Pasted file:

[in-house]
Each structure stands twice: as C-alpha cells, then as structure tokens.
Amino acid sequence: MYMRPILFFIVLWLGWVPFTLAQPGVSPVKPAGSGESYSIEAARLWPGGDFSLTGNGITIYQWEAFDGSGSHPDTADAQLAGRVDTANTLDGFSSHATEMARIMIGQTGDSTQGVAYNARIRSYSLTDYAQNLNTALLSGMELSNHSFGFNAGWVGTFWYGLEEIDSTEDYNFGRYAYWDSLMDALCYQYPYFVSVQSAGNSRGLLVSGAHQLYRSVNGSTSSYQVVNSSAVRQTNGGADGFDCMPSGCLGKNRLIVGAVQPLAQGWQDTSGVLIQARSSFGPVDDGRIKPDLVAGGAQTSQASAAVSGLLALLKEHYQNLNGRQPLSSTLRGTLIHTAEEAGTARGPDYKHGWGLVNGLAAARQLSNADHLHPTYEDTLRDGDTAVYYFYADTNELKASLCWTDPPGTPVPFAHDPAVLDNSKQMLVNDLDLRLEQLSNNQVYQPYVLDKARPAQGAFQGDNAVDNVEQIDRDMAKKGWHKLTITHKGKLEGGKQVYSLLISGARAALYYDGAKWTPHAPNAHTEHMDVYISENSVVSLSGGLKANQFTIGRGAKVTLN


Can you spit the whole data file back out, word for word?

[in-house]
Each structure stands twice: as C-alpha cells, then as structure tokens.
Amino acid sequence: MYMRPILFFIVLWLGWVPFTLAQPGVSPVKPAGSGESYSIEAARLWPGGDFSLTGNGITIYQWEAFDGSGSHPDTADAQLAGRVDTANTLDGFSSHATEMARIMIGQTGDSTQGVAYNARIRSYSLTDYAQNLNTALLSGMELSNHSFGFNAGWVGTFWYGLEEIDSTEDYNFGRYAYWDSLMDALCYQYPYFVSVQSAGNSRGLLVSGAHQLYRSVNGSTSSYQVVNSSAVRQTNGGADGFDCMPSGCLGKNRLIVGAVQPLAQGWQDTSGVLIQARSSFGPVDDGRIKPDLVAGGAQTSQASAAVSGLLALLKEHYQNLNGRQPLSSTLRGTLIHTAEEAGTARGPDYKHGWGLVNGLAAARQLSNADHLHPTYEDTLRDGDTAVYYFYADTNELKASLCWTDPPGTPVPFAHDPAVLDNSKQMLVNDLDLRLEQLSNNQVYQPYVLDKARPAQGAFQGDNAVDNVEQIDRDMAKKGWHKLTITHKGKLEGGKQVYSLLISGARAALYYDGAKWTPHAPNAHTEHMDVYISENSVVSLSGGLKANQFTIGRGAKVTLN